Steve was very happy when Susan of the delightful Susan eats London gave a bloggy boost to his pressure on Michelle for more blueberry jam. Michelle had been avoiding making more for fear it would once again cook out too thick. But when Steve bought a few “extra” quarts at this Saturday’s market, she made another batch, and some sweet cream biscuits to boot. The chopped fresh lemon verbena in this version adds just a touch of herby tartness that plays up the sweet blueberry flavor.
Steve happily scarfed up a couple of buttery jam-topped pre-photo-shoot biscuits and went off to the chicken yard to share baking scraps with the flock. He returned to find Michelle on the back porch with an afternoon tea set with Gourmandistan’s wedding china, a ceremony never actually performed within our borders. When asked why she was creating the impression that Gourmandistanis not only take tiffin, but do it in this fashion, Michelle (taking the patient tone she usually does when explaining things to Steve that seem obvious to everyone over the age of seven) answered that the pictures are just a fantasy—a vision of a lifestyle most people can only imagine, like “Downton Abbey” or “The Jewel in the Crown.”
One reason Michelle must explain this again and again to Steve is the fact that he stubbornly clings to a lesson he learned from “Schoolhouse Rock” around the age of seven: royalty sucks. Some find this sentiment confusing, given Steve’s penchant for staying in old castles and chateaux, swanning about expensive restaurants and writing as if he’s the poncy old laird of some imaginary fiefdom. However, Steve sees no conflict between expensive tastes, expansive vocabularies and equal opportunity for all. He even entertains the argument that the institution of dynastic monarchies helped foster the arts and sciences he so loves. And he understands that many people around the world in places such as the Netherlands and Britain view their royal families as a kind of menagerie of mostly adorable, mostly harmless (though very, very, very expensive) pets.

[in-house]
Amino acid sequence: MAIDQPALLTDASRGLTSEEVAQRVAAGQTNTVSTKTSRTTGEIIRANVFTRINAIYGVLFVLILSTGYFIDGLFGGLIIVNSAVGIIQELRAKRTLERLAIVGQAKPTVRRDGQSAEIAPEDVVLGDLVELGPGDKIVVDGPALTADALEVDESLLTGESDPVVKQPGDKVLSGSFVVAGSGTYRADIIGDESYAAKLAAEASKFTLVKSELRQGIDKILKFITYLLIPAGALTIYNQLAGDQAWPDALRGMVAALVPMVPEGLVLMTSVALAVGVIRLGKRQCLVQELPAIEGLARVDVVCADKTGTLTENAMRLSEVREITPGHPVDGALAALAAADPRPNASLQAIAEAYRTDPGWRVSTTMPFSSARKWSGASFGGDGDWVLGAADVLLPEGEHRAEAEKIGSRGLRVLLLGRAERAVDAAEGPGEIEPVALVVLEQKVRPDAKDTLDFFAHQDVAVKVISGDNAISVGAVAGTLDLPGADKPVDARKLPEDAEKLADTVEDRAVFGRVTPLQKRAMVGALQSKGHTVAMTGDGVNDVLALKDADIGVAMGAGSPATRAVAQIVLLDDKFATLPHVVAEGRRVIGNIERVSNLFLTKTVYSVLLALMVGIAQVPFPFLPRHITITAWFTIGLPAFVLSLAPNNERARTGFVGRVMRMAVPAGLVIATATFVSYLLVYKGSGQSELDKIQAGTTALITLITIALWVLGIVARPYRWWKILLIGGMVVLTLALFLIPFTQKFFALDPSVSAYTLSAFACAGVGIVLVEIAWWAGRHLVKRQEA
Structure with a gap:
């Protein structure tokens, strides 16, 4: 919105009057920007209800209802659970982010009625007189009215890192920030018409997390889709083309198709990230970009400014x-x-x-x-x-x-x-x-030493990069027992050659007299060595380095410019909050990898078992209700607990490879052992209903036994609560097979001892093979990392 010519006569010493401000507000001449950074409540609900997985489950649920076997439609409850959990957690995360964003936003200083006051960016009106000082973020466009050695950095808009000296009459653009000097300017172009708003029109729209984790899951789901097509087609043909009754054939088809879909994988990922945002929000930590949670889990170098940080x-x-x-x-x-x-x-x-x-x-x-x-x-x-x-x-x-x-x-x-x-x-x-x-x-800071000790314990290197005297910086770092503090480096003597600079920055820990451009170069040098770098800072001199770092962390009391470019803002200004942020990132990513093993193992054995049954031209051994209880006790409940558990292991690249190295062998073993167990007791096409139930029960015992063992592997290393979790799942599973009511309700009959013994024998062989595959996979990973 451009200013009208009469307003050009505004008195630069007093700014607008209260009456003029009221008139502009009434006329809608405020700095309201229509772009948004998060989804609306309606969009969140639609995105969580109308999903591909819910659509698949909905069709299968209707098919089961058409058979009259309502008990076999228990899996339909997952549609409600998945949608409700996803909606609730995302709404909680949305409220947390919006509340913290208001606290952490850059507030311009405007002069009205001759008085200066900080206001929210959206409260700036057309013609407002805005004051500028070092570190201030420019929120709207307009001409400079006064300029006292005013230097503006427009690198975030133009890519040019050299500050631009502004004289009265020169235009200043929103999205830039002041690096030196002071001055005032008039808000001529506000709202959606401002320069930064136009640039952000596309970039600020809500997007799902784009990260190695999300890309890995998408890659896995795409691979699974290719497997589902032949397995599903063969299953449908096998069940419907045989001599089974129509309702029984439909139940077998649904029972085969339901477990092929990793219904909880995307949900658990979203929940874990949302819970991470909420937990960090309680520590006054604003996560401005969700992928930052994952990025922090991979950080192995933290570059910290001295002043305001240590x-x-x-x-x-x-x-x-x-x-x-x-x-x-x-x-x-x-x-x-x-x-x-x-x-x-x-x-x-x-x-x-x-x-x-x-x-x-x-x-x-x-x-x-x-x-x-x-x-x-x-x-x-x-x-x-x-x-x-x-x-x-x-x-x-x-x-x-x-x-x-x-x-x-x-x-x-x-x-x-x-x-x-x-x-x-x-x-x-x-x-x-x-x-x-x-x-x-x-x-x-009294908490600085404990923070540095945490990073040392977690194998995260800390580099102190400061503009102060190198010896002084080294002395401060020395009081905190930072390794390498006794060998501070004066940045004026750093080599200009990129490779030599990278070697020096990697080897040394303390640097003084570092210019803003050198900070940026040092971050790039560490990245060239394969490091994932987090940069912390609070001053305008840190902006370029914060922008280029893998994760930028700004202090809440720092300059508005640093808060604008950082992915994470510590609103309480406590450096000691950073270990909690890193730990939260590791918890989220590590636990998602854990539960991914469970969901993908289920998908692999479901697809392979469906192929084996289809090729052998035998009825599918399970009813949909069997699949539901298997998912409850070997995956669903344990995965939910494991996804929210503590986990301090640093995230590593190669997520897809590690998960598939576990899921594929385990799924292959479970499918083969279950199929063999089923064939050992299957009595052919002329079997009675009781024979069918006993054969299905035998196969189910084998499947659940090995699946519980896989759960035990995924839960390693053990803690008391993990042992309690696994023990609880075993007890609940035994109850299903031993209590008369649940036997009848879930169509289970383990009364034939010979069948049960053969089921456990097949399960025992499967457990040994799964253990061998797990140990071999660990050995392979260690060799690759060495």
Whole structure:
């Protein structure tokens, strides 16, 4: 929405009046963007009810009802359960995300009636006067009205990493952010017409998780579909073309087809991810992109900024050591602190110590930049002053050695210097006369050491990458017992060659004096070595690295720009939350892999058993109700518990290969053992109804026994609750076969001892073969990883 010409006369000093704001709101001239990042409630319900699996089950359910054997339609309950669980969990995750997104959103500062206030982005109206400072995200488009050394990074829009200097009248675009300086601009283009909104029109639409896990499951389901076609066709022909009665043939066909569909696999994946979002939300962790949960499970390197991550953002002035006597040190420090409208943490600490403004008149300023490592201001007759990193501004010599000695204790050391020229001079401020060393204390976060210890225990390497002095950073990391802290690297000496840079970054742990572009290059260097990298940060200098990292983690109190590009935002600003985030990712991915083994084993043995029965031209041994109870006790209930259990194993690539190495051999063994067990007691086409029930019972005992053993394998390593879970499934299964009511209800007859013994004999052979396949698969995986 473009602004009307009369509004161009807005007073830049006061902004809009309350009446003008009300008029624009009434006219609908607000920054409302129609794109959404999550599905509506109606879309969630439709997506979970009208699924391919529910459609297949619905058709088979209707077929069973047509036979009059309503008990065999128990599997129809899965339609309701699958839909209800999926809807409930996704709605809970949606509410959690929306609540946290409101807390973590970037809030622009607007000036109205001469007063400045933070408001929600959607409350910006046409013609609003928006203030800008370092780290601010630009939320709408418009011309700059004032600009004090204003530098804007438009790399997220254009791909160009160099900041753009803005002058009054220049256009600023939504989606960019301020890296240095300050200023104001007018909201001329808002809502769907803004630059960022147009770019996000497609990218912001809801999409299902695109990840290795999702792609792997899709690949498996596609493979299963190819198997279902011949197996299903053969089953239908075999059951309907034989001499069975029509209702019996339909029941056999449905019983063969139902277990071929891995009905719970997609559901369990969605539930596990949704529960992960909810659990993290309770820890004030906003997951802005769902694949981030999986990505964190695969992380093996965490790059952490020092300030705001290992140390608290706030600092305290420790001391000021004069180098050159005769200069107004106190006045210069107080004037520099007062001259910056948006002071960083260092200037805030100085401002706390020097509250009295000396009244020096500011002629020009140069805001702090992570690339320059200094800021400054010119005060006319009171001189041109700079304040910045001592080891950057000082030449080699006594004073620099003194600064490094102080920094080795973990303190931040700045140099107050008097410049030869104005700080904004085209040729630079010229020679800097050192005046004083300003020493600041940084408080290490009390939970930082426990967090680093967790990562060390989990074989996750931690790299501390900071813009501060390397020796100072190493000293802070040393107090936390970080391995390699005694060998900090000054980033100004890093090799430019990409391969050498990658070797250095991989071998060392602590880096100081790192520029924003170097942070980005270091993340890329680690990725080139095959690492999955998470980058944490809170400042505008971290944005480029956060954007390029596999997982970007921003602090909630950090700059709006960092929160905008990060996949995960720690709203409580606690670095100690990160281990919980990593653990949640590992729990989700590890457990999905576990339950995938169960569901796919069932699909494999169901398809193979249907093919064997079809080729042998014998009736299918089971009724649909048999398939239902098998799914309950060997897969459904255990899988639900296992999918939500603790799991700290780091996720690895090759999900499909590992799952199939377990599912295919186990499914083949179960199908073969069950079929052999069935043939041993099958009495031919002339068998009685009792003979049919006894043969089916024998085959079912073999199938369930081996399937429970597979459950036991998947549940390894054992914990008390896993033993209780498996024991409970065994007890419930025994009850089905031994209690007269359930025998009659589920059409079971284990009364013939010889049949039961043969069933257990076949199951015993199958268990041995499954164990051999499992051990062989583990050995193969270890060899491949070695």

But Steve totally fails to understand how so many Americans can buy into this silly nonsense. From the country club dandy detailing his connections in Burke’s Peerage to the Tea Party soccer mom who grows misty-eyed at the mention of Princess Di, in Steve’s opinion, too many citizens of these United States forget something important: While dreaming of princes and princesses may be pleasant, supporting actual princes and princesses makes one a peasant.
So while Gourmandistan certainly wishes those in Britain a wonderful Jubilee weekend, we also wish the U.S. media would give us a break with the royalty-watching. July 4th is only a month away, people, and blueberry season will be over by then. Get busy jam-making now, and spend the rest of the time studying up on your Declaration of Independence.
BLUEBERRY-LEMON VERBENA JAM
(adapted from Darina Allen’s Forgotten Skills of Cooking) (makes about 4 13-oz. jars)2-1/2 lbs. blueberries juice of 2 lemons about 30 lemon verbena leaves, chopped rind of 1 lemon, chopped fine 1 c. water 3 c. sugar
Put blueberries, lemon juice, lemon verbena, lemon rind and water in a large saucepan. Bring to a boil, and cook for 10 minutes.
Add sugar. (Note: Allen recommends warming the sugar in the oven before adding. We’ve made this recipe with warmed sugar and with sugar just out of the pantry. To us, it really hasn’t made any appreciable difference.) Stir until sugar is dissolved. Boil until jam is set. Typically, jam sets at 220° on a candy thermometer. This one tends to set much earlier. To determine if set, put a bit on a plate that has been in the refrigerator. If jam wrinkles even a bit when pushed with your finger, it’s set.
Place in sterilized jars. We never really “can” our jam, but simply stick the jars in the freezer. It’s much easier that way, doesn’t steam up the kitchen like canning does and we don’t worry about killing someone with botulism or something like.